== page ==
United States of America - Regulations on Entry, Stay and Residence for PLHIV

Restriction category relative to United States of America

  • Countries without restrictions

Entry regulations Residence regulations Additional information
No restrictions for people with HIV. Entry bar in place since 1987 has been lifted as of Jan 4, 2010

HIV-specific entry and residence regulations for United States of America

U.S. President Barack Obama has announced that all current restrictions affecting people with HIV from entering or migrating to the United States are lifted as of January 4, 2010. Since January 4, 2010, people living with HIV can enter the U.S. like anybody else.

Visitors under the visa waiver program (for countries where a visa is not required to travel to the USA) and are living with HIV: please note that HIV is no longer considered a communicable disease for entry purposes. When submitting the online ESTA form to clear your entry to the U.S., it is important that you do check „no“ for the question about communicable diseases. HIV is no longer considered as such by the U.S. authorities.

Customs regulations require people entering with prescription medication like antiretroviral drugs to carry a doctor’s certificate in English, stating that the drugs are required to treat a personal condition. This requirement is strictly enforced by U.S. customs authorities and it applies to all prescription drugs.

(Sources: 1, 2, 4)

A citizen of a foreign country who wishes to enter the United States must first obtain a visa, either a non-immigrant visa for temporary stay, or an immigrant visa for permanent residence. Similarly, a student visa (F or M) is required to study in the U.S. Foreign nationals may not study after entering on a visitor (B) visa or through the Visa Waiver Program (VWP), except to undertake recreational study (non-credit) as part of a tourist visit.

A 2009 rule by the U.S. Centers for Disease Control and Prevention established that HIV infection is no longer defined as a communicable disease of public health significance and testing for HIV infection is no longer required as part of the U.S. immigration medical screening process. Additionally, HIV infection no longer requires a waiver for entry into the United States.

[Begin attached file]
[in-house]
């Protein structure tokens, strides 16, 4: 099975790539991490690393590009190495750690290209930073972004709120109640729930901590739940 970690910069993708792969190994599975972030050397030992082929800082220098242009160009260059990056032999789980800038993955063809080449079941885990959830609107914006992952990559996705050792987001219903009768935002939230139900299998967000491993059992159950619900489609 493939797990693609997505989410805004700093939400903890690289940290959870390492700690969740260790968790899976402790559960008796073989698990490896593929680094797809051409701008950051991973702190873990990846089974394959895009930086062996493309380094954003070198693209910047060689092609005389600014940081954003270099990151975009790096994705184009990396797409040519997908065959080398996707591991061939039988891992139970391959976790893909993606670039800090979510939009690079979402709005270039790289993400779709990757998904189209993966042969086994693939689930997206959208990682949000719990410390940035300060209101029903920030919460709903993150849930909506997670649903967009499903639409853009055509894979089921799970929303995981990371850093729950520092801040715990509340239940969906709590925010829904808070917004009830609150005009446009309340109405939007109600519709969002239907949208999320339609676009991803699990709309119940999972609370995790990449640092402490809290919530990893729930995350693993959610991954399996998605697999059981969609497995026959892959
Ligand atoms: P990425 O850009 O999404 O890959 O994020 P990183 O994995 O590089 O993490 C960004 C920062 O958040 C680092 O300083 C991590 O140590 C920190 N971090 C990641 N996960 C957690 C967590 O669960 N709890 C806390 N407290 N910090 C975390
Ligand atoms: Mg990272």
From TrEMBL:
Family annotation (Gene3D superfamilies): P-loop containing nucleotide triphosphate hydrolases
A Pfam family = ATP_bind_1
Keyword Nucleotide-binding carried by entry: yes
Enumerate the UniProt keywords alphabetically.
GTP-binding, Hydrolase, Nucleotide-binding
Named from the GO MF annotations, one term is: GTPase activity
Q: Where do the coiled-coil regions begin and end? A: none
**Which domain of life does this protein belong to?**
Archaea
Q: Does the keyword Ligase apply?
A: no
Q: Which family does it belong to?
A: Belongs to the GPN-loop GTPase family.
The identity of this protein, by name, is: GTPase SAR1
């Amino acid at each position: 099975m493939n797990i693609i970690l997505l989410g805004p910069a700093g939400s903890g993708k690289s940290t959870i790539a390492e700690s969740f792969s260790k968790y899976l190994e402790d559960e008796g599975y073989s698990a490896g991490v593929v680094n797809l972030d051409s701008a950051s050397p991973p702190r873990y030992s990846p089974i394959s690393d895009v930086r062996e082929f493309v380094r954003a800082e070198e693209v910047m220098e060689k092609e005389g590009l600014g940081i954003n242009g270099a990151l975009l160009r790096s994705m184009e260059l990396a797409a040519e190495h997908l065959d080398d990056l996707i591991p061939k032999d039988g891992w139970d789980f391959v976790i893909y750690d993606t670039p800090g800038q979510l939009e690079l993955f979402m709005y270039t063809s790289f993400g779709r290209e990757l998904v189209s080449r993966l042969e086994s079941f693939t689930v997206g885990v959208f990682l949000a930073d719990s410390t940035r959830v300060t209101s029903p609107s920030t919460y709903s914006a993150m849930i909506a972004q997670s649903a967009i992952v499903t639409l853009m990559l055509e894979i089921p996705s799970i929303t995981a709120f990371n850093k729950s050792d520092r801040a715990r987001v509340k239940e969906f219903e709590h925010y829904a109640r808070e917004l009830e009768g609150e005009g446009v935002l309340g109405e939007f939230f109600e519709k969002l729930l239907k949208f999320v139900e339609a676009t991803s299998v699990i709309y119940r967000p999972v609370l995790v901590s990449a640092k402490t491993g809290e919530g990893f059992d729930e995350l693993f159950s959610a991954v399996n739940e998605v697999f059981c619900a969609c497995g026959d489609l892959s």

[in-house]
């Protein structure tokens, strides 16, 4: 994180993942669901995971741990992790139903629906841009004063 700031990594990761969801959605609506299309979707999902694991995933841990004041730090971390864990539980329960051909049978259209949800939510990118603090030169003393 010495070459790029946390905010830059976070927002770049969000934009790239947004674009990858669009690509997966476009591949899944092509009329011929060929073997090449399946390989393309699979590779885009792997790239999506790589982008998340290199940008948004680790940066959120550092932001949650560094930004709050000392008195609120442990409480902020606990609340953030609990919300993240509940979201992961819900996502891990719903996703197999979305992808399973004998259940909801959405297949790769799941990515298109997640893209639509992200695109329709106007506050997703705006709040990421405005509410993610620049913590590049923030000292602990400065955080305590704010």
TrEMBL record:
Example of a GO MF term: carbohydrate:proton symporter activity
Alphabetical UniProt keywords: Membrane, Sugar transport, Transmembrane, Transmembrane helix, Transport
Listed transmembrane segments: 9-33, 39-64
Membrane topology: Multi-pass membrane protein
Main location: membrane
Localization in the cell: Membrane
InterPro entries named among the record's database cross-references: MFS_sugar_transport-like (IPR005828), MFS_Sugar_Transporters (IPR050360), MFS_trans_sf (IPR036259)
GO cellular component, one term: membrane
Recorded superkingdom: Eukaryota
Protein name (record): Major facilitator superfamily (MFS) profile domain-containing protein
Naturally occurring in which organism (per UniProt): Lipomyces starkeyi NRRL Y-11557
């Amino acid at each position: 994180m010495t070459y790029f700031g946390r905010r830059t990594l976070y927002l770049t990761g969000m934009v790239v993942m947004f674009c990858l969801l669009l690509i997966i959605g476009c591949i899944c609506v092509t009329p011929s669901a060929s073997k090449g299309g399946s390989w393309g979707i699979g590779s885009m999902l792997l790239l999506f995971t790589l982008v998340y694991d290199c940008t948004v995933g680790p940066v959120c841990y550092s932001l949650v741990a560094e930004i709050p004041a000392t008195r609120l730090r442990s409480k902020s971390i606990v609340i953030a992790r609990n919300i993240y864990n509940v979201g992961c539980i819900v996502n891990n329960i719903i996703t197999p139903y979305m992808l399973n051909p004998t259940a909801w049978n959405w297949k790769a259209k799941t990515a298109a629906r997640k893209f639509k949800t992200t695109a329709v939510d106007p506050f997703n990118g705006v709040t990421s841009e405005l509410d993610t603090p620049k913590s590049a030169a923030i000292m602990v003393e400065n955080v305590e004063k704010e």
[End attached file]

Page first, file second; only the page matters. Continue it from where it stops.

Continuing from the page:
Since HIV is no longer defined as a communicable disease of public health significance, international students should not worry about traveling with their antiretroviral (ARV) medications. Students are encouraged to arrive in the U.S. with at least three months of ARV medications, in their original bottles for easy identification.

Author’s note: U.S. customs regulations require everybody to carry a doctor’s prescription for all prescription medication.

There is no national health care coverage in the United States. The U.S. Department of State requires exchange visitors on a J (exchange visitor) and their dependents be covered by medical insurance for the length of their program. While the State Department has no specific insurance requirements for international students and their dependents on an F visa, many universities require all international students to purchase health insurance. Visiting students living with HIV are encouraged to evaluate health insurance options for coverage of HIV medical services, notably antiretroviral medications.

 Visiting students with HIV experiencing any problems, including anticipated medication shortages, should contact a community-based organization in the state they are temporarily residing. Some safety net programs are available to assist people with HIV with non-immigrant status (including F, M, and J visas), depending on their income and other criteria.

(Source: 5)


HIV treatment information for United States of America

Emergency rooms cannot turn away any patient in need of care, so people with HIV can go there.  They will however be billed for the entire amount, which could be huge.  Regular care will also be self-pay, unfortunately.  Unless the patient’s country of residence has a mechanism for paying for out of country care, or they have travel insurance, it will be out of pocket.

(Source: 3)


HIV information / HIV NGOs in United States of America

Author’s note:

Use a web search engine to find local HIV organisations State by State.


Global Criminalisation of HIV Transmission Scan

The Global Criminalisation Scan is an initiative of GNP+. It aims to collect and keep up to date information on national and state level laws criminalising the transmission of or exposure to HIV. It also aims to provide an easily accessible ‘clearing-house’ of resources, research, and initiatives on the subject and to provide a platform for advocacy initiatives.

Find out more about the scan and the criminalisation of HIV transmission legislation at http://criminalisation.gnpplus.net/.



  1. Dr. Nancy Ordover and the authors, November 2, 2009, April 7 and 13, 2010
  2. Memorandum, U.S. Department of Homeland Security, U.S. Citizenship and Immigration Services, November 24, 2009
  3. Jeff Taylor, AIDS Treatment Activists Coalition, via e-mail, January 5, 2010
  4. Site authors, March 31, 2022
  5. Tim Horn, Director Health Care Access at NASTAD, via e-mail, March 31, 2022


updated: 3/31/2022
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